Nina Totenberg

Nina Totenberg is NPR's award-winning legal affairs correspondent. Her reports air regularly on NPR's critically acclaimed newsmagazines All Things Considered, Morning Edition, and Weekend Edition.

Totenberg's coverage of the Supreme Court and legal affairs has won her widespread recognition. Newsweek says, "The mainstays [of NPR] are Morning Edition and All Things Considered. But the creme de la creme is Nina Totenberg."

In 1991, her ground-breaking report about University of Oklahoma Law Professor Anita Hill's allegations of sexual harassment by Judge Clarence Thomas led the Senate Judiciary Committee to re-open Thomas's Supreme Court confirmation hearings to consider Hill's charges. NPR received the prestigious George Foster Peabody Award for its gavel-to-gavel coverage — anchored by Totenberg — of both the original hearings and the inquiry into Anita Hill's allegations, and for Totenberg's reports and exclusive interview with Hill.

That same coverage earned Totenberg additional awards, among them: the Long Island University George Polk Award for excellence in journalism; the Sigma Delta Chi Award from the Society of Professional Journalists for investigative reporting; the Carr Van Anda Award from the Scripps School of Journalism; and the prestigious Joan S. Barone Award for excellence in Washington-based national affairs/public policy reporting, which also acknowledged her coverage of Justice Thurgood Marshall's retirement.

Totenberg was named Broadcaster of the Year and honored with the 1998 Sol Taishoff Award for Excellence in Broadcasting from the National Press Foundation. She is the first radio journalist to receive the award. She is also the recipient of the American Judicature Society's first-ever award honoring a career body of work in the field of journalism and the law. In 1988, Totenberg won the Alfred I. duPont-Columbia University Silver Baton for her coverage of Supreme Court nominations. The jurors of the award stated, "Ms. Totenberg broke the story of Judge (Douglas) Ginsburg's use of marijuana, raising issues of changing social values and credibility with careful perspective under deadline pressure."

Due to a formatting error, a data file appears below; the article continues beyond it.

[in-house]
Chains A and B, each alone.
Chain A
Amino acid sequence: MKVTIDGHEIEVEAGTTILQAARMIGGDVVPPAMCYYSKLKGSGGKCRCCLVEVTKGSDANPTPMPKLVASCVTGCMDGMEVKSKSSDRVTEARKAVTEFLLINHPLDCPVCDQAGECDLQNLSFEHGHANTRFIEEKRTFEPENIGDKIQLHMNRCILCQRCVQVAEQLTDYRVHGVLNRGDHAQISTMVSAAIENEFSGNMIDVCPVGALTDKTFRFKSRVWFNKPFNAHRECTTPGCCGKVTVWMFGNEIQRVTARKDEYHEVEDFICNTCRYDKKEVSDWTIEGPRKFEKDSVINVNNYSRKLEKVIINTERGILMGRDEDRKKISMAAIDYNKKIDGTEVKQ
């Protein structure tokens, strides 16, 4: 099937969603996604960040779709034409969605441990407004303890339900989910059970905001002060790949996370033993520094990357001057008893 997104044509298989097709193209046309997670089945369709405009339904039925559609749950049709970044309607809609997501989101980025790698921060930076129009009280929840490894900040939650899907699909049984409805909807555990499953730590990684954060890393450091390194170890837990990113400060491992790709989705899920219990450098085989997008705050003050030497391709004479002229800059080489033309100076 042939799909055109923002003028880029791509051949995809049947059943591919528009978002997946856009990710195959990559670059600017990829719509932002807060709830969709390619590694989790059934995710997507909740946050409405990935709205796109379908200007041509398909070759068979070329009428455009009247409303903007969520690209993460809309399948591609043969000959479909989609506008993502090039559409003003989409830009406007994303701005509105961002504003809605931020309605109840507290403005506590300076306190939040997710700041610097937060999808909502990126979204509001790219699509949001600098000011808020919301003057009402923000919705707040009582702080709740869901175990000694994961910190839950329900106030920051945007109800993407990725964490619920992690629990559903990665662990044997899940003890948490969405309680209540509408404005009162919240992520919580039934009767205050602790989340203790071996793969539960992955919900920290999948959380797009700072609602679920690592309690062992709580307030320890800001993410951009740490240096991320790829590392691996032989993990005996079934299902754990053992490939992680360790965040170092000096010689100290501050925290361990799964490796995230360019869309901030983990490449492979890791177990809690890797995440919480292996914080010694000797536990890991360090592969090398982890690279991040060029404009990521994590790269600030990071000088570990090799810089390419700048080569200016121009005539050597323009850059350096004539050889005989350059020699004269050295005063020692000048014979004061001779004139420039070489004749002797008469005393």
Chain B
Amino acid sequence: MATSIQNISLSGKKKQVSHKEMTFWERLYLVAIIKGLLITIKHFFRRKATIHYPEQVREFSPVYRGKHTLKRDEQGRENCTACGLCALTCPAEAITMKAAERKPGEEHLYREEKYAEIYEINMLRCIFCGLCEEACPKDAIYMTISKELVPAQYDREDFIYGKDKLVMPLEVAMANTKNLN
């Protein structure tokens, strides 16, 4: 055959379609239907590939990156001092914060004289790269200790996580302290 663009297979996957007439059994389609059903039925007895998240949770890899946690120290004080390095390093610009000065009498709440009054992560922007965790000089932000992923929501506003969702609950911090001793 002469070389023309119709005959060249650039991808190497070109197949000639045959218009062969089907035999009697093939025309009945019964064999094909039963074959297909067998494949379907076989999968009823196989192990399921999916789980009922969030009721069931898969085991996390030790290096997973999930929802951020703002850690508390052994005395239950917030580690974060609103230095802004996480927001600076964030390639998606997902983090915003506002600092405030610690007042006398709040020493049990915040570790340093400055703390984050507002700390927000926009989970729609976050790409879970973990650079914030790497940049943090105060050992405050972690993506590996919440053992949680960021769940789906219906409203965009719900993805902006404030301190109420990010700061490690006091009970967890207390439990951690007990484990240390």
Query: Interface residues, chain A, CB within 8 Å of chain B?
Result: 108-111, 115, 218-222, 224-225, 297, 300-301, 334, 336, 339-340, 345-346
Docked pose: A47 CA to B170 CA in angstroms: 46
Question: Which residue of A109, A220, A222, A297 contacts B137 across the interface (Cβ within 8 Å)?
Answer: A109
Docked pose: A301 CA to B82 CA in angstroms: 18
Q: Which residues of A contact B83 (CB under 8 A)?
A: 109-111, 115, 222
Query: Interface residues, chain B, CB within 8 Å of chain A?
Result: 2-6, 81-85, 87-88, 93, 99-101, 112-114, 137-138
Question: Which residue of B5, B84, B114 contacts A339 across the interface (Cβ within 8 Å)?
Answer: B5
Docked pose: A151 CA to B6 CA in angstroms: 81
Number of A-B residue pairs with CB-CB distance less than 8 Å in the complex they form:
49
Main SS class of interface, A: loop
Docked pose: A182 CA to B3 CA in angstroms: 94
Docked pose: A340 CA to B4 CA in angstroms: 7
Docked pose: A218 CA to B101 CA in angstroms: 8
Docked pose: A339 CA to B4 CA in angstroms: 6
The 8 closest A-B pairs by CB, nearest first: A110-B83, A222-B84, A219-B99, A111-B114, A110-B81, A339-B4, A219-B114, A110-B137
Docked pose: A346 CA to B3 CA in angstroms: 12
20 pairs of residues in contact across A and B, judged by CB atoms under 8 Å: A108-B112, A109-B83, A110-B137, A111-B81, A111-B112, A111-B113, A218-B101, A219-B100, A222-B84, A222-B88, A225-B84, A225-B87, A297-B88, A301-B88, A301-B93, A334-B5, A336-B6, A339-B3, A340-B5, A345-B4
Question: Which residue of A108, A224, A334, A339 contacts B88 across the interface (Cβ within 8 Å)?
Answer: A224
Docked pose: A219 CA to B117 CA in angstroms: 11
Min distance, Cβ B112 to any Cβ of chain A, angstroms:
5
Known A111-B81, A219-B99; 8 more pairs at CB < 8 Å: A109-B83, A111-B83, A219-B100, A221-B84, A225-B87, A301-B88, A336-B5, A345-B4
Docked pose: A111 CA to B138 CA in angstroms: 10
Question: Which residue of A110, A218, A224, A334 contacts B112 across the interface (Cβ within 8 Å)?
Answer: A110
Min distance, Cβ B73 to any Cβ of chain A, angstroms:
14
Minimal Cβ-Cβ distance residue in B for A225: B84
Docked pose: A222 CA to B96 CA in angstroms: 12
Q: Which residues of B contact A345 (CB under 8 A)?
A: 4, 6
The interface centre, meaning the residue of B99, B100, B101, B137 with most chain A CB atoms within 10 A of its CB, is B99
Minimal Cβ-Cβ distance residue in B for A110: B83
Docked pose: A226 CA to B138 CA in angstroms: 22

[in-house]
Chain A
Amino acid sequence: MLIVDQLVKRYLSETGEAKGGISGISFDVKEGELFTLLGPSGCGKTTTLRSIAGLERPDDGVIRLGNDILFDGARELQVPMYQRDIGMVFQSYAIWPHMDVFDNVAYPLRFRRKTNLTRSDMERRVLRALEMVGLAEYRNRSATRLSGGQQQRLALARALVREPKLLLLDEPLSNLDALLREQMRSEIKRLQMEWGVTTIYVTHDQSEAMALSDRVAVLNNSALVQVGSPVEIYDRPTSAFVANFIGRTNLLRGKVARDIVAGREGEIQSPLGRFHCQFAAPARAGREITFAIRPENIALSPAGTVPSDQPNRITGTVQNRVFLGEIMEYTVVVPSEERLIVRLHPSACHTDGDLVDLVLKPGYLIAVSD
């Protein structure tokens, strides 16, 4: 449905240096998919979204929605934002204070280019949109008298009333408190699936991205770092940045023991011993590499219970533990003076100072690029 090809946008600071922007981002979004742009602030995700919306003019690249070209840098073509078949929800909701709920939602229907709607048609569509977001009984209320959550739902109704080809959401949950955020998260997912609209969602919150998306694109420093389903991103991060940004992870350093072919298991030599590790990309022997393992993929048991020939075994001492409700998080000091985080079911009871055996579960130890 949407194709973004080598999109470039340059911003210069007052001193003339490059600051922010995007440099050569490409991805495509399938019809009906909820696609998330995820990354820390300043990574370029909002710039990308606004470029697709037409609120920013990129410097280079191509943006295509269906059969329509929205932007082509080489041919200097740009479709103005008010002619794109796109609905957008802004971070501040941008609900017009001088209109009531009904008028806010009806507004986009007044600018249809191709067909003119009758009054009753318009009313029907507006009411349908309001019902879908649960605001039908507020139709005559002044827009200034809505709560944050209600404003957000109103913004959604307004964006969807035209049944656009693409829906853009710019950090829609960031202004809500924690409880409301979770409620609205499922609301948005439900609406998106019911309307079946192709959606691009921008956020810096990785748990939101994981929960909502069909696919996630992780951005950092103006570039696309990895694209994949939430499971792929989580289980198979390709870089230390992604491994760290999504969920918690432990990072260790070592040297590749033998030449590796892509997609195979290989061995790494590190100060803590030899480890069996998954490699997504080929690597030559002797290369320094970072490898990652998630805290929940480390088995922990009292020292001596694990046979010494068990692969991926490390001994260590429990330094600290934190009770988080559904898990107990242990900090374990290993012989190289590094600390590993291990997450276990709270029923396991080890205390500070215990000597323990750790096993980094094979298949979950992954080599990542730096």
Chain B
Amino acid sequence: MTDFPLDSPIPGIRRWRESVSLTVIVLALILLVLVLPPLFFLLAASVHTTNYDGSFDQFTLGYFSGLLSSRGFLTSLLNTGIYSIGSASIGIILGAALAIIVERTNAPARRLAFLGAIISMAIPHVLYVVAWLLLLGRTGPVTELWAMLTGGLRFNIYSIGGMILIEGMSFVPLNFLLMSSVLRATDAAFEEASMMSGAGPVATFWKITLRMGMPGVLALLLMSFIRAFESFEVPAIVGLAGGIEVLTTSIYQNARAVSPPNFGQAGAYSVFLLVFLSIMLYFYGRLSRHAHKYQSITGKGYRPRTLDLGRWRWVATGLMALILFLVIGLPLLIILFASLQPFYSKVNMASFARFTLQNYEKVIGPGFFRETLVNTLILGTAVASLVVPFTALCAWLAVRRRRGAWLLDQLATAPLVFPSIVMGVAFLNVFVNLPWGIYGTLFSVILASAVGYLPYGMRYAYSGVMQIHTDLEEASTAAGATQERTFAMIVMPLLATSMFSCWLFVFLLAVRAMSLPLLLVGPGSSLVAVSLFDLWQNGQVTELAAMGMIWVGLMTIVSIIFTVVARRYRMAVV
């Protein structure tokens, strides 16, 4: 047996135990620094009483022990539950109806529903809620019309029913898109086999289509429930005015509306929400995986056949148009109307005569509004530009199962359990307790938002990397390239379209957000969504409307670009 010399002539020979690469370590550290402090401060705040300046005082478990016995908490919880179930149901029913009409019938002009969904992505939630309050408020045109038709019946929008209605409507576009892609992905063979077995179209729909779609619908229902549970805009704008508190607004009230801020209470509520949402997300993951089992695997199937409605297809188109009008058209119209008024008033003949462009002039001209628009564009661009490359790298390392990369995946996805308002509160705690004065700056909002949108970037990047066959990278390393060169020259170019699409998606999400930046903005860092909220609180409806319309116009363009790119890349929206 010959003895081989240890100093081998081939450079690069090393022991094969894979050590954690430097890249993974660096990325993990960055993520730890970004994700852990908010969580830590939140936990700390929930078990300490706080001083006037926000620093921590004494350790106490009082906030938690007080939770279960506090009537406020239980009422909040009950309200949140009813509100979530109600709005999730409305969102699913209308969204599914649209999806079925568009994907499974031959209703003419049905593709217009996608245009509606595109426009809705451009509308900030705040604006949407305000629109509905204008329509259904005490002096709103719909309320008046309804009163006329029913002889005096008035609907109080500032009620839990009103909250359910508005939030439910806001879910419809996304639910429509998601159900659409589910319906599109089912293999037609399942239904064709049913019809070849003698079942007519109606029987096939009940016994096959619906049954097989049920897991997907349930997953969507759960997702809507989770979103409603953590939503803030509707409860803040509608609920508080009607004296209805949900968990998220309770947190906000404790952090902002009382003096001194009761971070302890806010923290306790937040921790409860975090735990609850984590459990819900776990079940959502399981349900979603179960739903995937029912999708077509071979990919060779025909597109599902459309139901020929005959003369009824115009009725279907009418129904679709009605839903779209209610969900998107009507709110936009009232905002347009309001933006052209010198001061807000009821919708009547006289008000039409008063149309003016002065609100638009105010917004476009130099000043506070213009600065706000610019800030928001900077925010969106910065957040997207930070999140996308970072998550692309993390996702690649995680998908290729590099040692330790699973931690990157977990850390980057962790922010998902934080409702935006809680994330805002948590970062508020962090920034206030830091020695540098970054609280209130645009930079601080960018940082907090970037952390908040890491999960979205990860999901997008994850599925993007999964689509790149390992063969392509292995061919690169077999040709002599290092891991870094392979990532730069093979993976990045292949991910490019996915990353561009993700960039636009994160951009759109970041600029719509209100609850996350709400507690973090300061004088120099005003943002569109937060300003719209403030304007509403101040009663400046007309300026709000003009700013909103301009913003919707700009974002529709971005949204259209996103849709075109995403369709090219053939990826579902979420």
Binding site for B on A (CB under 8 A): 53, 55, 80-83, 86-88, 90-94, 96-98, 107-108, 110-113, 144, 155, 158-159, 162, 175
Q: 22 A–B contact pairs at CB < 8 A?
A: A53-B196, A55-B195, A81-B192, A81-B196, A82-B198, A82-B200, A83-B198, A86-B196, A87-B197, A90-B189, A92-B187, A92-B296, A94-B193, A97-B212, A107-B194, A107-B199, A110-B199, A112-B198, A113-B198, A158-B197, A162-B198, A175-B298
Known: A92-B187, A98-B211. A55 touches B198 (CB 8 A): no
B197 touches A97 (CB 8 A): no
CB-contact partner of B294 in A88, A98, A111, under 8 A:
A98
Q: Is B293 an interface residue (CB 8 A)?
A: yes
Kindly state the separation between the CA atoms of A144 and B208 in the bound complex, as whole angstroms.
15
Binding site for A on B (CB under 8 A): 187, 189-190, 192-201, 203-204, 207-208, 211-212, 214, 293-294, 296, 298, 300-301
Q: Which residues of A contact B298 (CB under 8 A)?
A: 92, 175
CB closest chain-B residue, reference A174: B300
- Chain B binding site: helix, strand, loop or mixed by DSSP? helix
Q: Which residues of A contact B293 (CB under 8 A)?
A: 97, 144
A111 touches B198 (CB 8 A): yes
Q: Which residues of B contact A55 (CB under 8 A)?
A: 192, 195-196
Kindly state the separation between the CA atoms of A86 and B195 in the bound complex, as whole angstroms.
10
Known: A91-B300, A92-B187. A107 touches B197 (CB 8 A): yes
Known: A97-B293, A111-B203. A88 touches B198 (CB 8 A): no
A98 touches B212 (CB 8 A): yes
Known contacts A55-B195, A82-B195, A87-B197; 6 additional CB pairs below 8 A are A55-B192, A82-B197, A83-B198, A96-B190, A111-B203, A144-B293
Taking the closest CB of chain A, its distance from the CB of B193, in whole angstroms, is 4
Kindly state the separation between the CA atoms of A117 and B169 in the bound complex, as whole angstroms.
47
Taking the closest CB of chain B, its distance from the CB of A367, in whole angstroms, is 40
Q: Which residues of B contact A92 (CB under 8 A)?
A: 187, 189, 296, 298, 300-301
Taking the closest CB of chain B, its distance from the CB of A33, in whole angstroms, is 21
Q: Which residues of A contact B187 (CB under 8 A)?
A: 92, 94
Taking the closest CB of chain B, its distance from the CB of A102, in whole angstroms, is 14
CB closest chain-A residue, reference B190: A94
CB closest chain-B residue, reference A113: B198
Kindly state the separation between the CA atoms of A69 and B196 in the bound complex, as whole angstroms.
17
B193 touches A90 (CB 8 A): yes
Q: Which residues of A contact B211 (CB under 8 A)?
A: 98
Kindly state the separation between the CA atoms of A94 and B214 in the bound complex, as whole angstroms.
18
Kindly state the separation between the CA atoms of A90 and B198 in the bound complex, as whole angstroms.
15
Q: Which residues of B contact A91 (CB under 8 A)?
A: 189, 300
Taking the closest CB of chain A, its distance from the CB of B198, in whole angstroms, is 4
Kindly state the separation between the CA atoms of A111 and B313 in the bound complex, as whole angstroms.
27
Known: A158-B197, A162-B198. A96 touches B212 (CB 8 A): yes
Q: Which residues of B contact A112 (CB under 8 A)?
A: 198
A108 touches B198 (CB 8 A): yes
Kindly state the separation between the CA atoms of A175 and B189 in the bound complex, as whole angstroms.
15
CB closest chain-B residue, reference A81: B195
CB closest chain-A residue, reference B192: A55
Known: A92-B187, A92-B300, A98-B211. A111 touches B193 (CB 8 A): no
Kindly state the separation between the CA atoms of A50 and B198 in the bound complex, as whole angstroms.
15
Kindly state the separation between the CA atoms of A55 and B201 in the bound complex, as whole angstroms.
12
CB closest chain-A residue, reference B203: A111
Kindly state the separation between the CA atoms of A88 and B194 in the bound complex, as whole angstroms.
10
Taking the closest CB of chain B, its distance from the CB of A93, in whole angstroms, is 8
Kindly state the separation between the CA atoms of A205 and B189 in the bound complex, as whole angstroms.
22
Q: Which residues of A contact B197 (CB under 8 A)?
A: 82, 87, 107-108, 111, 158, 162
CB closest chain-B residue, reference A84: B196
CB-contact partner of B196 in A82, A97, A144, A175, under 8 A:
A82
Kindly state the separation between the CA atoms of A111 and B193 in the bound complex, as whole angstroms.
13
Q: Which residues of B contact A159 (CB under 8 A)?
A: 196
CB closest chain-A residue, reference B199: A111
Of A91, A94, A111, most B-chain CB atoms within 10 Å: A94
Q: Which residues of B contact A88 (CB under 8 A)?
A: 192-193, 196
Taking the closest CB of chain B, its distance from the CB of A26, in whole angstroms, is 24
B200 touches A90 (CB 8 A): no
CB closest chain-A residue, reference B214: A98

Totenberg has been honored seven times by the American Bar Association for continued excellence in legal reporting and has received a number of honorary degrees. On a lighter note, in 1992 and 1988 Esquire magazine named her one of the "Women We Love".

A frequent contributor to major newspapers and periodicals, she has published articles in The New York Times Magazine, The Harvard Law Review, The Christian Science Monitor, Parade Magazine, New York Magazine, and others.

Before joining NPR in 1975, Totenberg served as Washington editor of New Times Magazine, and before that she was the legal affairs correspondent for the National Observer.

The Supreme Court heard arguments Tuesday in a case testing whether the government can freeze a defendant's legitimately obtained assets, thus preventing the accused from hiring a lawyer.

Sila Luis, the owner of Miami home health care companies, was indicted on Medicare fraud charges in 2012. She has been detained at her home for two years while her case wended its way to the Supreme Court. She wants to use some of her assets to hire a lawyer for her trial.

The death penalty reared its head again at the U.S. Supreme Court Wednesday. It was the first time the court publicly considered a death case since last term, when a constitutional challenge to lethal injection procedures erupted into a rare, nasty and vituperative debate among the justices. This time, the issues were far more technical but still a matter of life and death.

Copyright 2015 NPR. To see more, visit



Copyright 2015 NPR. To see more, visit

The U.S. Supreme Court on Monday dealt a major blow to death penalty opponents, upholding the use of a controversial drug as part of a three-drug execution cocktail. The vote was 5-4, with unusually passionate and sometimes bitter opinions from the majority and dissenting justices.

In a historic ruling Friday, the justices of the U.S. Supreme Court declared marriage a fundamental constitutional right not just for opposite-sex couples, but for same-sex couples too.

Copyright 2015 NPR. To see more, visit

The U.S. Supreme Court handed the Obama administration a sweeping victory on Thursday, upholding the nationwide subsidies that are crucial to the president's health care law. By a 6-3 vote, the high court ruled that Congress meant all three major provisions of the law to apply to all states and to work in tandem.